Use the Library bar (the second highlighted in red) to access ready-to-use libraries of resources for your project:
- File templates. Templates for common types of files and code constructs.
- Code snippets. Short pieces of source code for use in your software, such as class declarations, control flows, block declarations, and templates for commonly used Apple technologies.
- Objects. Items for your app’s user interface.
- Media. Files containing graphics, icons, sound files, and the like.
To use a library, drag it directly to the appropriate area. For example, to use a code snippet, drag it from the library to the source editor; to create a source file from a file template, drag its template to the project navigator.
To restrict the items displayed in a selected library, type relevant text into the text field in the Filter bar (the bottom pane). For example, type “button” in the text field to show all the buttons in the Objects library.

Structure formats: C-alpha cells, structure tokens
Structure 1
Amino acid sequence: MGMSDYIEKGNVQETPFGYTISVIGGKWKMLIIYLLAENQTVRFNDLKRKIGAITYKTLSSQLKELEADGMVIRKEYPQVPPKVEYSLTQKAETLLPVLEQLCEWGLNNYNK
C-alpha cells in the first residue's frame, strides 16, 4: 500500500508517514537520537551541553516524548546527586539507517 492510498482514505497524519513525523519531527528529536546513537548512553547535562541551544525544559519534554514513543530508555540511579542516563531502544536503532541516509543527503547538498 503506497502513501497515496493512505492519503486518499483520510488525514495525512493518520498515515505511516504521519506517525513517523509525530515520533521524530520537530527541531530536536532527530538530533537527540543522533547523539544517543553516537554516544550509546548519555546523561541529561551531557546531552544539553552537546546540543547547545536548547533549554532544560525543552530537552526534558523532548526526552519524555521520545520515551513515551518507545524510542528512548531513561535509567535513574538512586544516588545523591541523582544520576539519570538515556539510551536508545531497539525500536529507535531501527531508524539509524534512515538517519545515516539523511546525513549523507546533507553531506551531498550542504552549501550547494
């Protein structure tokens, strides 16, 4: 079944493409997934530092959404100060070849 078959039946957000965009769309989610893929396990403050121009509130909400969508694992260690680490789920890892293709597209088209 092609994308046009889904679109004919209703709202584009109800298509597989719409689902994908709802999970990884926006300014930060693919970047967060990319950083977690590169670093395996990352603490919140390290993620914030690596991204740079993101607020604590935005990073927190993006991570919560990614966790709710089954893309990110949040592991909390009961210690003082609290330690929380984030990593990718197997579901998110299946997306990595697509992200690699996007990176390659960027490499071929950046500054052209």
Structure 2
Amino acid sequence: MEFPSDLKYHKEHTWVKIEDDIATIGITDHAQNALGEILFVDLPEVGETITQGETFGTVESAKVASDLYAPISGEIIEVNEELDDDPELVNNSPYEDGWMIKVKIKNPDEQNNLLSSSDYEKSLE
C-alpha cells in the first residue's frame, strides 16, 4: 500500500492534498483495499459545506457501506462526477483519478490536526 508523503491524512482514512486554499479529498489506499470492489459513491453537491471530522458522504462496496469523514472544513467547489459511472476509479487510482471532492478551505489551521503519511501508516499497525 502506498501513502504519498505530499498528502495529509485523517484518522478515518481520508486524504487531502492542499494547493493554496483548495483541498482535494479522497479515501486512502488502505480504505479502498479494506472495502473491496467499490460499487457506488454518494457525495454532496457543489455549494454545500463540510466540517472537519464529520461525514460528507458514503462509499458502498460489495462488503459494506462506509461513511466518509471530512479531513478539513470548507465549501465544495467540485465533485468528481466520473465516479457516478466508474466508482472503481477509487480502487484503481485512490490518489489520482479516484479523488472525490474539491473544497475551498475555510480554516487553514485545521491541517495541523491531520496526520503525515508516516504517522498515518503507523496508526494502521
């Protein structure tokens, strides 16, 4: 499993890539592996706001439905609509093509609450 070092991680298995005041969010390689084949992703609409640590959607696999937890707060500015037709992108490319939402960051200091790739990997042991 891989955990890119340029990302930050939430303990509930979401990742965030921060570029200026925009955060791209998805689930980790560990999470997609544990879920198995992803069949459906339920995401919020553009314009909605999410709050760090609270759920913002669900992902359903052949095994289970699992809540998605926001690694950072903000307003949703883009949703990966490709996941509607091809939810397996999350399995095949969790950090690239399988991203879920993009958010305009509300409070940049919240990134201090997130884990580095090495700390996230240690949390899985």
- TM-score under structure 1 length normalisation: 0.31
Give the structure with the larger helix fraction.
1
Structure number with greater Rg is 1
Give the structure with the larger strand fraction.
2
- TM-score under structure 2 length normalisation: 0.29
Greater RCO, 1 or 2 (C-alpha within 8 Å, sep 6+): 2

Manage Tasks with the Workspace Toolbar
The toolbar at the top of the workspace window provides quick access to frequently used commands. The Run button builds and runs your products. The Stop button terminates your running code. The Scheme menu lets you configure the products you want to build and run. The activity viewer shows the progress of tasks currently executing by displaying status messages, build progress, and other information about your project.
The editor configuration buttons (the first group of three buttons) let you configure the editor area, and the workspace configuration buttons (the second group of three buttons) hide or show the optional navigator, debug, and utilities areas.
The View menu includes commands to hide or show the toolbar.